Sex workers' bill 'harmful' and 'violates human rights'
Published 04/10/2016 | 16:49
A legal expert has found that the bill that criminalises sex workers is 'harmful' and 'violates human rights'.
A legal opinion released by counsel to the Sex Workers Alliance Ireland has found that part four of the Criminal Law (Sexual Offences) Bill 2015 is likely to be harmful to sex workers.
The bill, due to be debated in the Dáil tomorrow, would criminalise the purchase of sex and keep penalties for pimping and loitering, which can affect sex workers working on the street.
The opinion, put together by Senior Counsel Michael Lynn BL, found that sex workers working outside or in groups for safety will not be decriminalised under the bill and that there is little evidence from Sweden or Norway that criminalisation of purchase decreases demand.
The opinion states: “The decriminalisation of sex work is the preferable approach in order to protect the basic, human rights of sex workers, such as the rights to physical safety, bodily integrity and health. Because of the evidence that the Swedish model places sex workers at greater risk, I am of the view that the proposed legislation is likely to violate the human rights of sex workers.”
Mr Lynn stated at the opinion’s release that he was “surprised” at his conclusions, noting that he was unsure if his opinion would help SWAI’s cause when they asked him to provide them with legal advice.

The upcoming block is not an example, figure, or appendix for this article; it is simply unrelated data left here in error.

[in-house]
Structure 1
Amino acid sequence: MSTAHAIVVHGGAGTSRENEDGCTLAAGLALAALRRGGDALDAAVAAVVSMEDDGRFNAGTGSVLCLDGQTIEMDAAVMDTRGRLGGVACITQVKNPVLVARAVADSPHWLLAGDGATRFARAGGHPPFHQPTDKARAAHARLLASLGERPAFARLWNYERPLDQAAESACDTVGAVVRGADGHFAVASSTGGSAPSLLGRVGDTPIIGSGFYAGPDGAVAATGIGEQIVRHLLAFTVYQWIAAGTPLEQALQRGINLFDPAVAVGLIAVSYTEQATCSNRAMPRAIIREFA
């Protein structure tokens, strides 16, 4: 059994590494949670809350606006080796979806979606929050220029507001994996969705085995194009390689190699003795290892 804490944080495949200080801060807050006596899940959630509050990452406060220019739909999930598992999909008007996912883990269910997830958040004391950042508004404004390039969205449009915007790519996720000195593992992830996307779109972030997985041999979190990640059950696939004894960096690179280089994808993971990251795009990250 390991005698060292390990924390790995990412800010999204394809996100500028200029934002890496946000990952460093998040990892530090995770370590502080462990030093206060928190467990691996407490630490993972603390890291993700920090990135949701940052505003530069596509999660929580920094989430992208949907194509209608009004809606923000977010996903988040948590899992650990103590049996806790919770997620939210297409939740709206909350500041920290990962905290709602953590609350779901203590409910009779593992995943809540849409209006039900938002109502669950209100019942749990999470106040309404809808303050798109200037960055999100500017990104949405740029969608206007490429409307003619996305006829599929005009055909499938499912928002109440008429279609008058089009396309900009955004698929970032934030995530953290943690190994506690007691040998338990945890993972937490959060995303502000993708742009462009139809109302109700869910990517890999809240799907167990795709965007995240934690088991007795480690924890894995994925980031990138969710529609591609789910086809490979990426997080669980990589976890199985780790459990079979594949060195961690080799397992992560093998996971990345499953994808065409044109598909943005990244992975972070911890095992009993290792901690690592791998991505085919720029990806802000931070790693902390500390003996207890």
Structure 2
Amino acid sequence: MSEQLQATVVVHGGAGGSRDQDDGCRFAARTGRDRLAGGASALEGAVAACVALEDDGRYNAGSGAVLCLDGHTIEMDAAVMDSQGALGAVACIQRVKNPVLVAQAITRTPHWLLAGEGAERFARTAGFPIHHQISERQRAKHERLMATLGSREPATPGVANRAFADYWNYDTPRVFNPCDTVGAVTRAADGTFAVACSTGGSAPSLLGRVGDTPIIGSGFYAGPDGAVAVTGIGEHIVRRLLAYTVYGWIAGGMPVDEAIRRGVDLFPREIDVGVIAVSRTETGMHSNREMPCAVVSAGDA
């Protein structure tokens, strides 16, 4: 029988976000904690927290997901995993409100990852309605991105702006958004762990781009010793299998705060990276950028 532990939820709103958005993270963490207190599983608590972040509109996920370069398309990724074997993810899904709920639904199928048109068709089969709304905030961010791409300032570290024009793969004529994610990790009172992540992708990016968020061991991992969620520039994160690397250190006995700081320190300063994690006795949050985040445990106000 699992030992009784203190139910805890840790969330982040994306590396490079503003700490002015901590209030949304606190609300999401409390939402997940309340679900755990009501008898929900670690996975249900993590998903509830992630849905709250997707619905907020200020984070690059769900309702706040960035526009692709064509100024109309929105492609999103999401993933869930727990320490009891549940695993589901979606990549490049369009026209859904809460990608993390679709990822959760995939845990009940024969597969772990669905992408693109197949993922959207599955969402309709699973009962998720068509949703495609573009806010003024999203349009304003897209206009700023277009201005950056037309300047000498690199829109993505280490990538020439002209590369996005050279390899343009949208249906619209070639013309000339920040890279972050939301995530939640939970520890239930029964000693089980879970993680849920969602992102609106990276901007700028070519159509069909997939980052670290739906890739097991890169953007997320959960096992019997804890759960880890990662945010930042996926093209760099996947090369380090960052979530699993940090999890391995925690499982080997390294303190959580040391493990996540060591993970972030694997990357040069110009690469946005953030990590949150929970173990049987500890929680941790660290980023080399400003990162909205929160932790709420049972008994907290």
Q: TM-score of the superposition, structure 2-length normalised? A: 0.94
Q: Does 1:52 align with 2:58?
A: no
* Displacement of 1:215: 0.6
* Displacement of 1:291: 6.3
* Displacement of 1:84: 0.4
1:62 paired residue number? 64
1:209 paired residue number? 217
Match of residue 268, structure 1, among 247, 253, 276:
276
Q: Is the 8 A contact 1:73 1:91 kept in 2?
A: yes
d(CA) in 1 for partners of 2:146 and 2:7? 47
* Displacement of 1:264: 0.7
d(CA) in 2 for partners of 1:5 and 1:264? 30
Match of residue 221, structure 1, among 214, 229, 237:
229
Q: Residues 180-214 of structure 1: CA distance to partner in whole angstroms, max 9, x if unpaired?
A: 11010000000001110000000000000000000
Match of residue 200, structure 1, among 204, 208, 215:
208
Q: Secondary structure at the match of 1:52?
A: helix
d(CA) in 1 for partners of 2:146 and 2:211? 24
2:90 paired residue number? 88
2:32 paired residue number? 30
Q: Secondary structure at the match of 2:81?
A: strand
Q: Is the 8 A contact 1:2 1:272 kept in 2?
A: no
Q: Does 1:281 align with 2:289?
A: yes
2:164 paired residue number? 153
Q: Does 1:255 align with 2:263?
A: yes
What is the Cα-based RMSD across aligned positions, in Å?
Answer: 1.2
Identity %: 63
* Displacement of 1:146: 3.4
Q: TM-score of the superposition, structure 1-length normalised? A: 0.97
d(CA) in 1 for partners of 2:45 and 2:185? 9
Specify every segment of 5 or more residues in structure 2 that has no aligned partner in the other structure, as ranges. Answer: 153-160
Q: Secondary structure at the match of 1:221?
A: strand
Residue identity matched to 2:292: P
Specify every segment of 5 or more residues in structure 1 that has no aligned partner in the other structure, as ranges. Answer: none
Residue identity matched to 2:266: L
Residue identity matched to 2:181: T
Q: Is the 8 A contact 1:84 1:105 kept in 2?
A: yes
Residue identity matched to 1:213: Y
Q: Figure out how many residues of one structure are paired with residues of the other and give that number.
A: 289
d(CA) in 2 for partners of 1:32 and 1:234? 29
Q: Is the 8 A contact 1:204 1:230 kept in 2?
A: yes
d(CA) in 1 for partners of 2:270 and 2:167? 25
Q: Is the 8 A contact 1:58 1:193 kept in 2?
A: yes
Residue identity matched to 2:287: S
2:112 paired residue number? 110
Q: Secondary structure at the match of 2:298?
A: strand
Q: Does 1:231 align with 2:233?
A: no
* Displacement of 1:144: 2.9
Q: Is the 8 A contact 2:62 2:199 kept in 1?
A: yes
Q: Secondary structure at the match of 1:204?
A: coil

Also speaking at the release, Catherine Murphy, policy advisor to Amnesty International, said: “Our findings in Norway are particularly relevant for Ireland. Rather than making sex workers safer - sex workers continued to be criminalised and punished under the Nordic Model and this prevented them from being able to seek protection from police and increased their risk of harm.”
Proponents of section 4 of the bill have argued that the eradication of demand is necessary to stop the exploitation of women and girls through sex work and especially trafficking.
The bill will also cover issues of online bullying and abuse, child pornography, revenge porn and harassment in its other sections and has been called a ‘groundbreaking’ step in furthering children’s legal rights.
When contacted for comment on the legal opinion, a spokesperson from the Department of Justice said: "The Tánaiste fully expects many of these issues to be raised in the course of the debate on the Criminal Law (Sexual Offences) Bill."